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[335] and in good order at La Grange for further duty. These horses should be promoted and have an extra pad in their saddles. Had it not been for this stampede, many more men would have been killed or captured. Taking advantage of the confusion caused by this unexpected onset, the larger portion of the regiment dashed forward, and succeeded in getting through with but little fighting and few accidents.

As soon as Forrest discovered, from the disposition made of our troops, that he was about to be caught in a trap, he set himself to work to effect his escape. Abandoning the works at Jackson, he sent a part of his command in a south-east direction to work out their own salvation. With two thousand five hundred men and two thousand conscripts, he moved down toward Bolivar, the point at which the railroad to Jackson crosses the Hatchie River, and, while Richardson's men were engaging the Seventh Illinois cavalry, he was making all speed in crossing over.

Once across the Hatchie River, his way was unobstructed until he approached the line of the M. and C. Railroad. Passing near Middleburgh, he turned westward, and, moving so as to avoid too close contact with La Grange, took a course leading to Moscow. But on leaving Bolivar, a small force was sent in advance to find a safe crossing on Wolf River. This party came within eight miles of Memphis, but finding the river too wide for their pontoons, proceeded eastward along that river to test the crossings at other places. Detecting these movements on the part of the enemy, General Hurlbut ordered all the bridges and trestle-work to be destroyed. This was done except in one case. The officer in command at Lafayette failed to execute the order for some unknown reason, the result of which disobedience of orders will be seen directly. It may be worth while to state that the highlands, which start from the Mississippi River at Randolph, stretch out toward the north boundary of the State of Mississippi, and passing down near the centre of that State, do not touch the river again until they reach Vicksburgh. All the land between these highlands and the river is very swampy and liable to overflow, except the bluffs at Memphis and a few unimportant points below. The reader will now understand why we have so many bridges and so much trestle-work to take care of.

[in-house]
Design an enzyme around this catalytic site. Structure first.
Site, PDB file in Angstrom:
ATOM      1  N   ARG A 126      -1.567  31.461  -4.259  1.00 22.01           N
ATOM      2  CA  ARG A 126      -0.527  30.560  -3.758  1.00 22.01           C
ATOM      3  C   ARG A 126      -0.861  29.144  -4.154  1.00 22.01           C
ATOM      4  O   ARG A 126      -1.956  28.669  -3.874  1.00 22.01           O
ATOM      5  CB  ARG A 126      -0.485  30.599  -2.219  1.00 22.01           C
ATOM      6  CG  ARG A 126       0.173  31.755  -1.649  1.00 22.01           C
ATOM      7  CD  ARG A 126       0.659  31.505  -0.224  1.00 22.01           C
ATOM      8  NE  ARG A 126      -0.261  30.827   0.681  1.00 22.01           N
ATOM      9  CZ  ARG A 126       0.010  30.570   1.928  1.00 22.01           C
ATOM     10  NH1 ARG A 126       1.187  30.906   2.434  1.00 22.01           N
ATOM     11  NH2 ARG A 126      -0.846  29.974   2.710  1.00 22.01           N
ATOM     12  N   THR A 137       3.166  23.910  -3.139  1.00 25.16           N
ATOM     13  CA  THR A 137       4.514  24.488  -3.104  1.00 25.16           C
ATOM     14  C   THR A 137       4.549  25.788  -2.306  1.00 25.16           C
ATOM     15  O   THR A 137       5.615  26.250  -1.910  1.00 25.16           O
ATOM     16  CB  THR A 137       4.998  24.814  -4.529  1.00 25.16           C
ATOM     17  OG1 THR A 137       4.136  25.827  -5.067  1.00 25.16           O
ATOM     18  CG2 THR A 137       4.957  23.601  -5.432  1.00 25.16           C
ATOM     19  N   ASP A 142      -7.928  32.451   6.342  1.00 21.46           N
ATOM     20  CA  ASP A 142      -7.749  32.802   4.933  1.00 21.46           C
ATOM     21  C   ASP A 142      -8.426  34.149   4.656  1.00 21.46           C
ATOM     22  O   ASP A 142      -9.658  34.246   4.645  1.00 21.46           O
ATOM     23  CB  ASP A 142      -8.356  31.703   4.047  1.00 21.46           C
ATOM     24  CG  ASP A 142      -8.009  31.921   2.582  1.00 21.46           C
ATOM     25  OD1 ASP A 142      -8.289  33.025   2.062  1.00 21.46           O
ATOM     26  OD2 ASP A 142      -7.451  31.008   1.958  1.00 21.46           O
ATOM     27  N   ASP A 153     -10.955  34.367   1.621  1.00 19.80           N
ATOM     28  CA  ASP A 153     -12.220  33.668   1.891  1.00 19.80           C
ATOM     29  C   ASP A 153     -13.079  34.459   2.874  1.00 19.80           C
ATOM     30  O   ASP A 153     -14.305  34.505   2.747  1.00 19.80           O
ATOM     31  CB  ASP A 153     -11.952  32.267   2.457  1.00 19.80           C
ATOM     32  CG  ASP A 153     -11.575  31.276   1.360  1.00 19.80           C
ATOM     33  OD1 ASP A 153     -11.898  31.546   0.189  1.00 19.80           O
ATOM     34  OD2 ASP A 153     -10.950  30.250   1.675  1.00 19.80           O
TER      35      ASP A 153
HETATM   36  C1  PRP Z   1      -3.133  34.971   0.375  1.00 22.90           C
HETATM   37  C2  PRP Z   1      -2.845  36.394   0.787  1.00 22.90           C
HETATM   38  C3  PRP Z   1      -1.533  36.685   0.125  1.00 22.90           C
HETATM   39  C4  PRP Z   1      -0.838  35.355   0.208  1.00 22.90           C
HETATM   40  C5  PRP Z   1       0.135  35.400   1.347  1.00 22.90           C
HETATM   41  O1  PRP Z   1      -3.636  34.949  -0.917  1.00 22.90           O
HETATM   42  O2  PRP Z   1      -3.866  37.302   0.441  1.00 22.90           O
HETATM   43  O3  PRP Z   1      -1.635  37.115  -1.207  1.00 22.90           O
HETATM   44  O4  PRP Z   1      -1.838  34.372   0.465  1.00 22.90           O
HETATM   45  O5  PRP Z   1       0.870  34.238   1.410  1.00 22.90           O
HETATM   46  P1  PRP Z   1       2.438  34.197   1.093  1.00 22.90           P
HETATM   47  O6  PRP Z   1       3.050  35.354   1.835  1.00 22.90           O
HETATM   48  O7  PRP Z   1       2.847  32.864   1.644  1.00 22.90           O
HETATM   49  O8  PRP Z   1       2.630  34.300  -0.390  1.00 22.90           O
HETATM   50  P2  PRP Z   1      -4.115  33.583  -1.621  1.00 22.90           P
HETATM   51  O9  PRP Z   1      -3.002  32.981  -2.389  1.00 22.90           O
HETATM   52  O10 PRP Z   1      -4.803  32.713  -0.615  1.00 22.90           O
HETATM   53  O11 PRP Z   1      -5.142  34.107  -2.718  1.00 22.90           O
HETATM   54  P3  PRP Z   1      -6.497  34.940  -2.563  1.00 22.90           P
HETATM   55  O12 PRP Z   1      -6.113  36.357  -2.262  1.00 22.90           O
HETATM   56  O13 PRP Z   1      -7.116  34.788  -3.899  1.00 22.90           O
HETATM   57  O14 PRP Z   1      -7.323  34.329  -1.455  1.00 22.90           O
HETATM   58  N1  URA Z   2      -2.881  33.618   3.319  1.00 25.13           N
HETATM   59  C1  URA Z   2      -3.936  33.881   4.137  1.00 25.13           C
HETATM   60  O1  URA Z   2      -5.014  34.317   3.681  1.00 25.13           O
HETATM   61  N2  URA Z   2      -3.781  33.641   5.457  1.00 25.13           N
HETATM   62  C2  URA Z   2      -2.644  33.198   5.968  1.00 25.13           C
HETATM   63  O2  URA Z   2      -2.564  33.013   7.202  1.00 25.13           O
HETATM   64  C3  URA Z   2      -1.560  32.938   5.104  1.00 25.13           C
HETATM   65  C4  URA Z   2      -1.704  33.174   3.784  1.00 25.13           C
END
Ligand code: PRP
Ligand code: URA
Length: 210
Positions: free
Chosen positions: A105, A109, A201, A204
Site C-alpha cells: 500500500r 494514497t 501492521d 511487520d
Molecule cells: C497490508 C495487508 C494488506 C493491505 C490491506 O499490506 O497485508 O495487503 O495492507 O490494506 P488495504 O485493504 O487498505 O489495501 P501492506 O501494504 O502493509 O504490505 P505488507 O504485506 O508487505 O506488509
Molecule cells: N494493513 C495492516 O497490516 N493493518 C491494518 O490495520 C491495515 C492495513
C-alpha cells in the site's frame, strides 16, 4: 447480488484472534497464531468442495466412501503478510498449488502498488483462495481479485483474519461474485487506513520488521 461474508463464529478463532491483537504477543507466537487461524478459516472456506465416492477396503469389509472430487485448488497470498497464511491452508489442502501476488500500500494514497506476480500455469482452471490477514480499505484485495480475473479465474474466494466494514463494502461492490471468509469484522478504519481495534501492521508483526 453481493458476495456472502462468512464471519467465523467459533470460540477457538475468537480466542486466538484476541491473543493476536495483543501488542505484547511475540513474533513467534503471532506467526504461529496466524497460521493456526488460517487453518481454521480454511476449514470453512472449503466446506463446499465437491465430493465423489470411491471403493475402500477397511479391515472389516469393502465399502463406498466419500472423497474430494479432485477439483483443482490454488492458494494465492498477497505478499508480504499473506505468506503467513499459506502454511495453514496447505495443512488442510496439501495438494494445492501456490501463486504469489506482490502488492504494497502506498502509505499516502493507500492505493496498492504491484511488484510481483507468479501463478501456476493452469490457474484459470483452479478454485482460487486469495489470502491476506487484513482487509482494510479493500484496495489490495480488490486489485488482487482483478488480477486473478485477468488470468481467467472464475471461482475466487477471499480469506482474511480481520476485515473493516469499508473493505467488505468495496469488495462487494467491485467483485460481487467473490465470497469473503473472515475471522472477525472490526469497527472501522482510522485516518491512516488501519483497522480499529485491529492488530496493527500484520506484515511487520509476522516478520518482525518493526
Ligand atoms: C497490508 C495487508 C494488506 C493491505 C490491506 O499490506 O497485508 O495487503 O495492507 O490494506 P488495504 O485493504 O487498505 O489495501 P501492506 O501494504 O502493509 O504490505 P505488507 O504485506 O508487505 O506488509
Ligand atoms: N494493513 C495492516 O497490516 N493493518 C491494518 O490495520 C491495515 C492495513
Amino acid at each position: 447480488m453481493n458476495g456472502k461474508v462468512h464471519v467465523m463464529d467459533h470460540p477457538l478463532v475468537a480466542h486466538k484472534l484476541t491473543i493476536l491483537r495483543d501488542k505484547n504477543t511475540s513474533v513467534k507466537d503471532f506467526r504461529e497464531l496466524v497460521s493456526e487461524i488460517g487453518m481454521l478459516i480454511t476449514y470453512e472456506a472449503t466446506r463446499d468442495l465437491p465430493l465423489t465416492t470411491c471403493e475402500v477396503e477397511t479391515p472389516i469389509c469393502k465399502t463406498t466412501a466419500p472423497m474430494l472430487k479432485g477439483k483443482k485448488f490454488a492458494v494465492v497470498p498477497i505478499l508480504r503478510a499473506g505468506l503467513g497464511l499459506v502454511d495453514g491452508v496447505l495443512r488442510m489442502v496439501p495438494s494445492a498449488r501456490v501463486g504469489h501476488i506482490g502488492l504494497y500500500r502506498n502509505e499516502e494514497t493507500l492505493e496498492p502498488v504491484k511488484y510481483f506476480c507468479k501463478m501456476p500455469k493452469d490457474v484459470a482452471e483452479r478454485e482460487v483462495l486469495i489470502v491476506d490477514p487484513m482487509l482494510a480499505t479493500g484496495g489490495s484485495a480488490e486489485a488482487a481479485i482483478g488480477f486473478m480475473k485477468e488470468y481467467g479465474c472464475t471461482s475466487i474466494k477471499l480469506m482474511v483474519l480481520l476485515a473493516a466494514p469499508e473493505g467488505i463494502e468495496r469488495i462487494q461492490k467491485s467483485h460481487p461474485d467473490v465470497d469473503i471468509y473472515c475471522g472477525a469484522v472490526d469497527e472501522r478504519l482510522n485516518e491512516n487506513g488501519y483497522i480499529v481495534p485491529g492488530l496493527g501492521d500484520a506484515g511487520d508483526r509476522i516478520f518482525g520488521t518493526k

When within a mile of Lafayette, the party alluded to discovered five or six cavalry near a farm-house. Their horses were hitched to the fence, and the cavalry were lounging about unconscious of the nearness of the enemy. Leaving a score of men to watch this outpost, the rebels took a roundabout course, and found that the crossing at this place was vulnerable. Forrest was immediately notified, and the main body made for that point, after throwing out a picket near Moscow to contest our advance from La Grange. They arrived, and commenced crossing at about two P. M., and by sunset they were all over — rebels, conscripts, beef cattle, and all. A part of Richardson's force took a position near Moscow to cover the rear of the retreating army, and Forrest proceeded toward Collierville.